The difference between your setup and mine is the location of the injectors; I'm using a SPICA manifold, which places the injectors in a fairly modern position much closer to the valves, while you've got throttle bodies with built-in injectors mounted much further out.
This only makes a difference when my engine is cold as the fuel tends to puddle a bit on the cold manifold. This makes driving a little sluggish for the first 10mins ( still nowhere as bad as carbs), but once things warm up there's no problem.
Still, I've got what sounds like the same driveability glitch, with a slight lag when tipping the throttle in after running with the throttle closed.
Have you tried xtau? I found that it ran a lot better under slight accel and deccel with it on. I also have the AFRs in the run down area (below 70kpa) fairly fat, 14.7, and this helps a lot too. I only get a slight hesitation under particular situations, eg certain RPMs and MAP, the rest of the time you wouldn't pick it from any other modern EFI engine.
I'm sure with a bit more fine tuning I'd eliminate it but can't be bothered as the engine with be coming out in a month or so.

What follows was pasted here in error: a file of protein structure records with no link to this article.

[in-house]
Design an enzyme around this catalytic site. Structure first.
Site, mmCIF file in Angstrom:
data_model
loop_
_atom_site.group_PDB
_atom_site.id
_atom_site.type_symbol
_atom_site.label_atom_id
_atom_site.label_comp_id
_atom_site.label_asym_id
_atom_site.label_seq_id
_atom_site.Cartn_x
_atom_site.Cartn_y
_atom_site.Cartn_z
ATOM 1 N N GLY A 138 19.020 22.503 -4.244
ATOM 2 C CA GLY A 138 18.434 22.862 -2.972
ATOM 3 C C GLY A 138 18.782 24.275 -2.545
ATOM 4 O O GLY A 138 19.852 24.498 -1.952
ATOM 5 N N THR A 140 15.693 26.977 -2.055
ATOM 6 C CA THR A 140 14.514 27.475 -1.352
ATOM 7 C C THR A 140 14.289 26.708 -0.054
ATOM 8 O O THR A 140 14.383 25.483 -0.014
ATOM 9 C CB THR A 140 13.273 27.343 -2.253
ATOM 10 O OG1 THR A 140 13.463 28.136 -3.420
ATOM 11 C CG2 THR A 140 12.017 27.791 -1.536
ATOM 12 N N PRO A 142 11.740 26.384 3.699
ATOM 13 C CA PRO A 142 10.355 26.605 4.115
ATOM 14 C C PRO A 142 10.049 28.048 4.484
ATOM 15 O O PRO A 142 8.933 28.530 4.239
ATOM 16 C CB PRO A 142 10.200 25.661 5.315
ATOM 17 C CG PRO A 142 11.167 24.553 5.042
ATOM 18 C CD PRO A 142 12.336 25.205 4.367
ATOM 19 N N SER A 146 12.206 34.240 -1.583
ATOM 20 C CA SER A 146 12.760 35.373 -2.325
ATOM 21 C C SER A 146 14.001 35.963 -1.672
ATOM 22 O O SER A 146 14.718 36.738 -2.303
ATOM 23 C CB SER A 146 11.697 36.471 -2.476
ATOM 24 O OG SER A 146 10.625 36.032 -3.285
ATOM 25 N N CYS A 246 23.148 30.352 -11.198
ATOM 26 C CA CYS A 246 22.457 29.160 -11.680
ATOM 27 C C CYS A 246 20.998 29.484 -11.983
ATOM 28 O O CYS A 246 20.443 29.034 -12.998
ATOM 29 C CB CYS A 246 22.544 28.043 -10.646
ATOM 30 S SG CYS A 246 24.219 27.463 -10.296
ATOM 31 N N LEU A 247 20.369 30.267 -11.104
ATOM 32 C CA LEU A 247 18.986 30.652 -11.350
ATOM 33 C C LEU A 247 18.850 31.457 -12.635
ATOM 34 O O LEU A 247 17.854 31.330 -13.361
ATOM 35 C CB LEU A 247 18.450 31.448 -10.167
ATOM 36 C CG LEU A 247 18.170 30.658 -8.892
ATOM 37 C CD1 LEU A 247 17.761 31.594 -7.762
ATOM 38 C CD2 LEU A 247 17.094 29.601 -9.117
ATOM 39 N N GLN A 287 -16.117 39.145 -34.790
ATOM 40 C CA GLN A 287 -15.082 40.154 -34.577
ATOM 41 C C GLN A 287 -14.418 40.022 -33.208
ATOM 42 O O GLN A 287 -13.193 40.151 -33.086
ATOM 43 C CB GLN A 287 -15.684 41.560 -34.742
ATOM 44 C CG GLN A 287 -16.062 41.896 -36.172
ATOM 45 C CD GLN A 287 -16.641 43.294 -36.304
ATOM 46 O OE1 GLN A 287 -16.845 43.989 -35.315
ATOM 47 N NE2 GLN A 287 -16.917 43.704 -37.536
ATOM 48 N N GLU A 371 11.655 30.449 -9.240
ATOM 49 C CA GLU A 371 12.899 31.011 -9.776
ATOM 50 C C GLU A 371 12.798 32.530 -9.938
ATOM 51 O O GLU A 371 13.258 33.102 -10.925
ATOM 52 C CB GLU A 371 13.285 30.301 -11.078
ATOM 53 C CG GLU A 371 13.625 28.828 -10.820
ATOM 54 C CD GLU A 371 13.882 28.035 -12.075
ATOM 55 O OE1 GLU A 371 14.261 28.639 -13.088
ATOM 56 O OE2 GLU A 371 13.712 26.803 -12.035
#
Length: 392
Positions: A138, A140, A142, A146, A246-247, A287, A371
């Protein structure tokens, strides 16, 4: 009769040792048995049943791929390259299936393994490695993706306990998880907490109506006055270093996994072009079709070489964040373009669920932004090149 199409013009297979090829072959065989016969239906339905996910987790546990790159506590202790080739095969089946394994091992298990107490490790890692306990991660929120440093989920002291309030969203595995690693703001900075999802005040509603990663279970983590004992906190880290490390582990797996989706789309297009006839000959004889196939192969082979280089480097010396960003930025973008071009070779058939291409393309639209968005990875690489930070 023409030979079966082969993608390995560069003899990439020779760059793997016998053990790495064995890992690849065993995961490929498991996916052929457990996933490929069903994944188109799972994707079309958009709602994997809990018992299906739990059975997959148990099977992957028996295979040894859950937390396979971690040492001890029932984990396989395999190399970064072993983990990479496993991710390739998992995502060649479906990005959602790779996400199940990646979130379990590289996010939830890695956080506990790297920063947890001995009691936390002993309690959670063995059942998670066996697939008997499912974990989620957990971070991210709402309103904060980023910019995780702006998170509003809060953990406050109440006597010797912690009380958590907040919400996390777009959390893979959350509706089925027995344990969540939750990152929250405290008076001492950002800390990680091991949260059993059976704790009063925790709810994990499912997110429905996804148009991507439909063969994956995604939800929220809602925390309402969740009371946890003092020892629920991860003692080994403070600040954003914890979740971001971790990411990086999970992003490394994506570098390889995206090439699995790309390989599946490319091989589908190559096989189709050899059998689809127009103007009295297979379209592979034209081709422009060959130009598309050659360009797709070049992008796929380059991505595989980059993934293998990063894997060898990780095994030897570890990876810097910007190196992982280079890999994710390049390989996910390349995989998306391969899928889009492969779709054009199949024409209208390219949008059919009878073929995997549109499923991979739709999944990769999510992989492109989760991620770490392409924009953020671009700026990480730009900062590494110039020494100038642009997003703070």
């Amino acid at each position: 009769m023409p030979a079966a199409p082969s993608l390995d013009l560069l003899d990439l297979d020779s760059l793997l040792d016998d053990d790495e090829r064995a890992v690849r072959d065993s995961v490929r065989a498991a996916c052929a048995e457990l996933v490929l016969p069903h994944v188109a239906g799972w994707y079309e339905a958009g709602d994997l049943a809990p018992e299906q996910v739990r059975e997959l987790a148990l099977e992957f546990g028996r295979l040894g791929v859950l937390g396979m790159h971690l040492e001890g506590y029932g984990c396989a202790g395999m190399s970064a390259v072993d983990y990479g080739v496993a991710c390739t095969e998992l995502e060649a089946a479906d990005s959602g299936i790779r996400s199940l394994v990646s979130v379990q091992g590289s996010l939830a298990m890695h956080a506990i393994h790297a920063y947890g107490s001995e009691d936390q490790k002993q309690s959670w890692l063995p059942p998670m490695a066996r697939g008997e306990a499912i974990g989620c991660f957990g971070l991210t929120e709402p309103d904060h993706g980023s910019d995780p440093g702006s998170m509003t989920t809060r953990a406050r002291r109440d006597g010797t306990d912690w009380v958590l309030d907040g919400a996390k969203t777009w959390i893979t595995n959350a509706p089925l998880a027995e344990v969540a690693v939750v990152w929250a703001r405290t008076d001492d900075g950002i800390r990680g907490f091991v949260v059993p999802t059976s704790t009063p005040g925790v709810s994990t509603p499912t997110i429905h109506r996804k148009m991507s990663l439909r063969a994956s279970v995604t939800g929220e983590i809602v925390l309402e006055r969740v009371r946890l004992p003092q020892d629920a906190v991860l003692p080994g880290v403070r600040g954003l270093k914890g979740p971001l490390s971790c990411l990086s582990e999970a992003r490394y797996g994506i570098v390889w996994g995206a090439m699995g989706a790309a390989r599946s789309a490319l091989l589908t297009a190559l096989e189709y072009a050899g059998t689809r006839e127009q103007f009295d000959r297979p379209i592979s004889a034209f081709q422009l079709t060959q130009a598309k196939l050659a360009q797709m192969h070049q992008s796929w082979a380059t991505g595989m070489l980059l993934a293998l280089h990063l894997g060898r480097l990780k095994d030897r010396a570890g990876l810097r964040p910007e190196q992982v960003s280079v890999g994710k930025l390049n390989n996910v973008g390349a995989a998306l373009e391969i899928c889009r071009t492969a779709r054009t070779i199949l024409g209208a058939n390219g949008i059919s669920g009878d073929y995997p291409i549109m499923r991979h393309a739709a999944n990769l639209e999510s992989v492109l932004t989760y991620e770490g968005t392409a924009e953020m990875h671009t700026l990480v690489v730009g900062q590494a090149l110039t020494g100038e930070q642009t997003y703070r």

So, the SPICA system sequential, yes? Megasquirt can only support batch-fire injection. I'm wondering how much driveability is down to this difference.
I very much doubt it. Many other twin cams with ITBs run fine with MS.
Most of the advertised advantage of EFI (more effiecient, cleaner, can run leaner, etc.) seems lost on the Nord engine and individual throttle bodies. It simply wants a ton of fuel dumping in at all times to maintain driveability and responsiveness.
That's the nature of the little beast. Still, I get some very good MPGs out of mine. Much better than when I had carbs and never plug fouled either.
As for your erratic MAP signal... how bad is it? Do you have a common plenum, too?
No plenum, just restrictors. At idle it jumps around a couple of kPa but is pretty smooth when driving. Only problem I have is that small variations in throttle make big changes to MAP. I think this is down to the TBs being oversized.
That said, the MAP signal strength is weak: about 75 to 80 kpa at idle, and jumps right up to 98 or so with the slightest whiff of throttle. So most of the "working area" in my fuel table is from 98 to 101 kpa. Hmmm... I'm surprised it runs as well as it does.
I'm about 70 at idle and 75 to 85 normal cruise between 1500 and 2500 rpm. Goes up about another 5 at 3000 rpm. Open the throttle a bit and it quickly goes to 95-100.
In the end your 3D VE table should resemble a skate board ramp with the VE quickly rising above 85kPa.
I've even seen some ITB VE tables with a little ramp at the lower end of the MAP range (below 30). This may give some insight into other people's problems with rundown fuel loading.
And yep, given the limited range of the MAP signal its very surprising how well you can get these things to run on speed density.